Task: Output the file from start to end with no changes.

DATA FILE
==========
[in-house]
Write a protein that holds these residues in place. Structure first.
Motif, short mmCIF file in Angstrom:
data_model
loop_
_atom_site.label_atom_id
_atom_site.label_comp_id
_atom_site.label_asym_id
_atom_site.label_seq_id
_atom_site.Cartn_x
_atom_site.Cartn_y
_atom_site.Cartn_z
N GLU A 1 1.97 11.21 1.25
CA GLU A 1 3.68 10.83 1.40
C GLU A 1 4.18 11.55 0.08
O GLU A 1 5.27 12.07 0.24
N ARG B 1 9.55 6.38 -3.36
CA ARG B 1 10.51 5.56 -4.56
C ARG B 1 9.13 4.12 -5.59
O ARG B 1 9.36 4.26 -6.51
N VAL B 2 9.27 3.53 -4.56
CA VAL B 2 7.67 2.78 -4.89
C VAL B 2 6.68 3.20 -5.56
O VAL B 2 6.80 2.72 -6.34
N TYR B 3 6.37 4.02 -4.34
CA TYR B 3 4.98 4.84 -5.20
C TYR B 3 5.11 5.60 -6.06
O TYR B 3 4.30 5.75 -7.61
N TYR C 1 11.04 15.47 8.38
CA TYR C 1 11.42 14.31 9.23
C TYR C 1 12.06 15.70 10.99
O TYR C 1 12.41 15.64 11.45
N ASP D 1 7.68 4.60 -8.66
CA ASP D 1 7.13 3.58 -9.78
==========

[in-house]
Write a protein that holds these residues in place. Structure first.
Motif, short mmCIF file in Angstrom:
data_model
loop_
_atom_site.label_atom_id
_atom_site.label_comp_id
_atom_site.label_asym_id
_atom_site.label_seq_id
_atom_site.Cartn_x
_atom_site.Cartn_y
_atom_site.Cartn_z
N GLU A 1 1.97 11.21 1.25
CA GLU A 1 3.68 10.83 1.40
C GLU A 1 4.18 11.55 0.08
O GLU A 1 5.27 12.07 0.24
N ARG B 1 9.55 6.38 -3.36
CA ARG B 1 10.51 5.56 -4.56
C ARG B 1 9.13 4.12 -5.59
O ARG B 1 9.36 4.26 -6.51
N VAL B 2 9.27 3.53 -4.56
CA VAL B 2 7.67 2.78 -4.89
C VAL B 2 6.68 3.20 -5.56
O VAL B 2 6.80 2.72 -6.34
N TYR B 3 6.37 4.02 -4.34
CA TYR B 3 4.98 4.84 -5.20
C TYR B 3 5.11 5.60 -6.06
O TYR B 3 4.30 5.75 -7.61
N TYR C 1 11.04 15.47 8.38
CA TYR C 1 11.42 14.31 9.23
C TYR C 1 12.06 15.70 10.99
O TYR C 1 12.41 15.64 11.45
N ASP D 1 7.68 4.60 -8.66
CA ASP D 1 7.13 3.58 -9.78